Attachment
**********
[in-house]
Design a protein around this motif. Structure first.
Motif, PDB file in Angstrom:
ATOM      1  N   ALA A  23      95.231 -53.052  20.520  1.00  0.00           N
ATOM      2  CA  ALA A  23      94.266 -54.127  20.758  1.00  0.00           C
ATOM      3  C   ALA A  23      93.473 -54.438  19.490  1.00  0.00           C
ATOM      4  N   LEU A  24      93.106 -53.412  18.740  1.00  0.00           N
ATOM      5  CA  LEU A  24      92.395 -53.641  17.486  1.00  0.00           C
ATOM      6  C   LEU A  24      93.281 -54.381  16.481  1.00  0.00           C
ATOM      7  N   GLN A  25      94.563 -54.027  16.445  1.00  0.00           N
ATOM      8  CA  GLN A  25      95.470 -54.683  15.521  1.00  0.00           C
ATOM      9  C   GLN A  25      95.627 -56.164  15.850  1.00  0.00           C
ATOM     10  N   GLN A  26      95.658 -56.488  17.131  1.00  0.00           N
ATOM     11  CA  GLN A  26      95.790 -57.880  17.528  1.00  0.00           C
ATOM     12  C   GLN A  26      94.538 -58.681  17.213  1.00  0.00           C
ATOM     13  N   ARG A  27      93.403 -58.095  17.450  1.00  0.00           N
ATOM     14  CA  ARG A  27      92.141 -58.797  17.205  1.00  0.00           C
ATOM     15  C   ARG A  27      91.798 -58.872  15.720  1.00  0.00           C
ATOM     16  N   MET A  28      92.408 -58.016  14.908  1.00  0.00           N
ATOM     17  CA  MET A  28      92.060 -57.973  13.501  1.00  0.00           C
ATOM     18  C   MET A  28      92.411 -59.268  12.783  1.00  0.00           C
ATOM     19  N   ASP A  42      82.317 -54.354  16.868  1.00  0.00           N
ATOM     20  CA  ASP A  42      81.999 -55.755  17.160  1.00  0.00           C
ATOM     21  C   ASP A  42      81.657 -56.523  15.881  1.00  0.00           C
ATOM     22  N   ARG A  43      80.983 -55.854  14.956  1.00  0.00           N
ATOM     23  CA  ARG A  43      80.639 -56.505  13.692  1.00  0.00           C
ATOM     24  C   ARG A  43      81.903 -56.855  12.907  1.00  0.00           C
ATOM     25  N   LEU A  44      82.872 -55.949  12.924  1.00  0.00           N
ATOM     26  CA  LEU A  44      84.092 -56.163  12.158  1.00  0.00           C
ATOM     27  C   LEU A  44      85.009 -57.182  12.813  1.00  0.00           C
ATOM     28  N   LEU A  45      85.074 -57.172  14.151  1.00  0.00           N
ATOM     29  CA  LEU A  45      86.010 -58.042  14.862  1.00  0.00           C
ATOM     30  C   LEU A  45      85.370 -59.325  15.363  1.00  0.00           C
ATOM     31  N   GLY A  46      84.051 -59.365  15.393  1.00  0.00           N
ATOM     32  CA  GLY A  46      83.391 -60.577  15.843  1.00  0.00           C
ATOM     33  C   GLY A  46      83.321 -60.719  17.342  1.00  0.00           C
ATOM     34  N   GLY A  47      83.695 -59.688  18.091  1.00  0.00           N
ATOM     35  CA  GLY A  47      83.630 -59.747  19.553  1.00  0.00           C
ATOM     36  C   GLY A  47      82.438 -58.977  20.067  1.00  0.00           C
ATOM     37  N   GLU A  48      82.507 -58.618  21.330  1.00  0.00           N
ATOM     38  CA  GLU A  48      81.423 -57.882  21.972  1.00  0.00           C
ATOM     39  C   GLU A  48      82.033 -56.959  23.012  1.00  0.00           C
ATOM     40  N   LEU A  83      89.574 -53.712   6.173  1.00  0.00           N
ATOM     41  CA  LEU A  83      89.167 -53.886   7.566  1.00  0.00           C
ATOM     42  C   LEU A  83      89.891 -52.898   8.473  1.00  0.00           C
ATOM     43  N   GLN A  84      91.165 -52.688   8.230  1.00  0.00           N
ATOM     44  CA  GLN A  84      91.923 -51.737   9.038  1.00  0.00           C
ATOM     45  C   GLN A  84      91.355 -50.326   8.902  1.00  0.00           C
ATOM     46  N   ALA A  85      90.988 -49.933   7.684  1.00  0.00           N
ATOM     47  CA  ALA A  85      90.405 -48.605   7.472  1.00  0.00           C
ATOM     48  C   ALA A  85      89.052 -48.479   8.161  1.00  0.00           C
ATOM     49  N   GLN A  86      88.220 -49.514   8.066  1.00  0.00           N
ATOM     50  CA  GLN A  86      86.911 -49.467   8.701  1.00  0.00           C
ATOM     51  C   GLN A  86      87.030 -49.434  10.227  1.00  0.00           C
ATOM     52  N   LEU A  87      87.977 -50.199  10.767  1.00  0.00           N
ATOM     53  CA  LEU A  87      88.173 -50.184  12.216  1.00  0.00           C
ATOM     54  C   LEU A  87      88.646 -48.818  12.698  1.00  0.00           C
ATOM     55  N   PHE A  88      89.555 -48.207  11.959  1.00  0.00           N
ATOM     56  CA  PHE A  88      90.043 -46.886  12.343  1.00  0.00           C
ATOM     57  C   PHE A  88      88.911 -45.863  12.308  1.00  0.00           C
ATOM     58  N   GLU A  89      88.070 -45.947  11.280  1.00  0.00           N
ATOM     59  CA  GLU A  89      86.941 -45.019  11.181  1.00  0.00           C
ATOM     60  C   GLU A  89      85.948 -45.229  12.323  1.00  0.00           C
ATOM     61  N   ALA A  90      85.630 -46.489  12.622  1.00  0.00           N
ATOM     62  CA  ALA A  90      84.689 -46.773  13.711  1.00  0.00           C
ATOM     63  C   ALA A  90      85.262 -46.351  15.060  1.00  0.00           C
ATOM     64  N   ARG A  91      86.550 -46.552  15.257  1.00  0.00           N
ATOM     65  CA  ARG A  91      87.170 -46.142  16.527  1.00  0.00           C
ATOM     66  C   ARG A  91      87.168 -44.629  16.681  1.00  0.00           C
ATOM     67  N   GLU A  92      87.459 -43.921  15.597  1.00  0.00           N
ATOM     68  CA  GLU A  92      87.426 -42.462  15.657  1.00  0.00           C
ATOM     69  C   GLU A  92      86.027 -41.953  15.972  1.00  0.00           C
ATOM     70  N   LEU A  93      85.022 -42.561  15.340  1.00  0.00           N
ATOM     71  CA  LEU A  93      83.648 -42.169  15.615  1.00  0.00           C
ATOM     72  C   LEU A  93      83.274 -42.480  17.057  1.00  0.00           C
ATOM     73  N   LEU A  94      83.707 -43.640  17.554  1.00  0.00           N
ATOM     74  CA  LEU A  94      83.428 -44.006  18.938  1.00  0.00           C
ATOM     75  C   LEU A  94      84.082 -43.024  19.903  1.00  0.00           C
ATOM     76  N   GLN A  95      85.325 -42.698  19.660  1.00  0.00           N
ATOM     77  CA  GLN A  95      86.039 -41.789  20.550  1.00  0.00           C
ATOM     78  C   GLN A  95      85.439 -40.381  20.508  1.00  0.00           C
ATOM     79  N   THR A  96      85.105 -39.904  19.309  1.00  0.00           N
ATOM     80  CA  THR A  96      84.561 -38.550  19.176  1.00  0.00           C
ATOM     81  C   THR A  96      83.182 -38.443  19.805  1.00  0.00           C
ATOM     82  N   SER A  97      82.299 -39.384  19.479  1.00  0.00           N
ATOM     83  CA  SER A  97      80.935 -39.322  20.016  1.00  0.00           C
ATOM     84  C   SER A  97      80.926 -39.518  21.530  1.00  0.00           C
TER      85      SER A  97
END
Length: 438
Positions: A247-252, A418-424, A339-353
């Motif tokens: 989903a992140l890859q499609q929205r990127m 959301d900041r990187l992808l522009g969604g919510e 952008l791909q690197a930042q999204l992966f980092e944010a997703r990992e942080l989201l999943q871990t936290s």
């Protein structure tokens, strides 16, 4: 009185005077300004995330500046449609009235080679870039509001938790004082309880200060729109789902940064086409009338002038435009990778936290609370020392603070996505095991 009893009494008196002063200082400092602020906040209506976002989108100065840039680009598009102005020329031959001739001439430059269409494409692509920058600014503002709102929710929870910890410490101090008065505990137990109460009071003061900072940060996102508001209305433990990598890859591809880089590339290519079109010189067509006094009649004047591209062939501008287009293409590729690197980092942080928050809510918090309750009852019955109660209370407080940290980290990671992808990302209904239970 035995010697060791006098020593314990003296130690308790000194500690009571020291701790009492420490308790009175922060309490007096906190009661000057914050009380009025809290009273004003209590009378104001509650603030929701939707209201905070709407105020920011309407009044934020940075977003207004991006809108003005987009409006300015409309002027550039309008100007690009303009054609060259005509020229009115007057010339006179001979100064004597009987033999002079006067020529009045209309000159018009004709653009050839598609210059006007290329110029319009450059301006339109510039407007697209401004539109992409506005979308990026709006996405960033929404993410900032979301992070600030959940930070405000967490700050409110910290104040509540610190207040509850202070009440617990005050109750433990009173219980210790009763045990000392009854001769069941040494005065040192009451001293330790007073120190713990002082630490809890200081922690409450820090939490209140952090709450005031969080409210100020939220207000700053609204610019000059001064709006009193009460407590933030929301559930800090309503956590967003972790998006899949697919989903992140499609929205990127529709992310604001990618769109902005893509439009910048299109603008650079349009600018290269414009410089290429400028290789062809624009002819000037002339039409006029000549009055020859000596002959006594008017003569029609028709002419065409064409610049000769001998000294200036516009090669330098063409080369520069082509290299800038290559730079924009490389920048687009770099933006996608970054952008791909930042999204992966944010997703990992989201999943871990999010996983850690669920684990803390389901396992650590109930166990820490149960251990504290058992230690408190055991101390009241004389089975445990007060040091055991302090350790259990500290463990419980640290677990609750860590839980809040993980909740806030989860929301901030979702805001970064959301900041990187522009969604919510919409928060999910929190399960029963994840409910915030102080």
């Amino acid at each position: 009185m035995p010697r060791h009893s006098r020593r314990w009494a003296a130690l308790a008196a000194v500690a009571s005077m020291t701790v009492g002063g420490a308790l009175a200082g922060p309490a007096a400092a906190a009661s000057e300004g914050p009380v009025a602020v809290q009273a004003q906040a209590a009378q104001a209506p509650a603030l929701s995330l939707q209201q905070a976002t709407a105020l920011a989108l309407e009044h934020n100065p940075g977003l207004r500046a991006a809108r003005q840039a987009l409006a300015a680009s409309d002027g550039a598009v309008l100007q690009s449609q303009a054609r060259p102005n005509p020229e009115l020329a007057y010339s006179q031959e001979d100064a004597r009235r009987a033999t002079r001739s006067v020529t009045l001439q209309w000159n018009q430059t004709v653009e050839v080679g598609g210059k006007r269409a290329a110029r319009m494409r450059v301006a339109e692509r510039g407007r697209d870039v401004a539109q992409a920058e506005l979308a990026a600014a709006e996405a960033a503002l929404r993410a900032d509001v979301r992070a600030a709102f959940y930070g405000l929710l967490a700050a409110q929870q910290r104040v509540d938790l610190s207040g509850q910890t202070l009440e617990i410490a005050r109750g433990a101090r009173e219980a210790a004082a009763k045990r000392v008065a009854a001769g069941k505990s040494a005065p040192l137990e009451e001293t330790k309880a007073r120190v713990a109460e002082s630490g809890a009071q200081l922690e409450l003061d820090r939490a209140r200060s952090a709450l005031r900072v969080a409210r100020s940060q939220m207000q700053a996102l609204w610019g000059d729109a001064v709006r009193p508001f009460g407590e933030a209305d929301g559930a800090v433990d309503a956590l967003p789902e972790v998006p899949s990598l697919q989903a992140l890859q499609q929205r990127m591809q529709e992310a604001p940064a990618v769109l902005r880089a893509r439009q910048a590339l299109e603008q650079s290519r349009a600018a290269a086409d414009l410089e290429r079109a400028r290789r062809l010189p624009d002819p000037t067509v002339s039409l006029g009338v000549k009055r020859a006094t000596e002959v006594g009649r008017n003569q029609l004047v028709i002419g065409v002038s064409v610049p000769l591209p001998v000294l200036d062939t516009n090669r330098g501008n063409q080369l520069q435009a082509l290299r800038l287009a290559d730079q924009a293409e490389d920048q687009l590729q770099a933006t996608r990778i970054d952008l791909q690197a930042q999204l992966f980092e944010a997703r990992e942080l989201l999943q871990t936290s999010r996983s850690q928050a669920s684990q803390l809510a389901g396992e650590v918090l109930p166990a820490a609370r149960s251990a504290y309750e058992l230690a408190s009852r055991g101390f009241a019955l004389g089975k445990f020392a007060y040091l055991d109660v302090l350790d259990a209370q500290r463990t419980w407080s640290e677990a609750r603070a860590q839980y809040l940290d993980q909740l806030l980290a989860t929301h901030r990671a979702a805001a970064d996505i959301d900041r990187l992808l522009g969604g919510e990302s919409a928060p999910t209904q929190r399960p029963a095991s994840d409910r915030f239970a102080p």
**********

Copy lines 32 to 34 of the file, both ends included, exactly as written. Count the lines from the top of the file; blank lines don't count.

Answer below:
ATOM     29  CA  LEU A  45      86.010 -58.042  14.862  1.00  0.00           C
ATOM     30  C   LEU A  45      85.370 -59.325  15.363  1.00  0.00           C
ATOM     31  N   GLY A  46      84.051 -59.365  15.393  1.00  0.00           N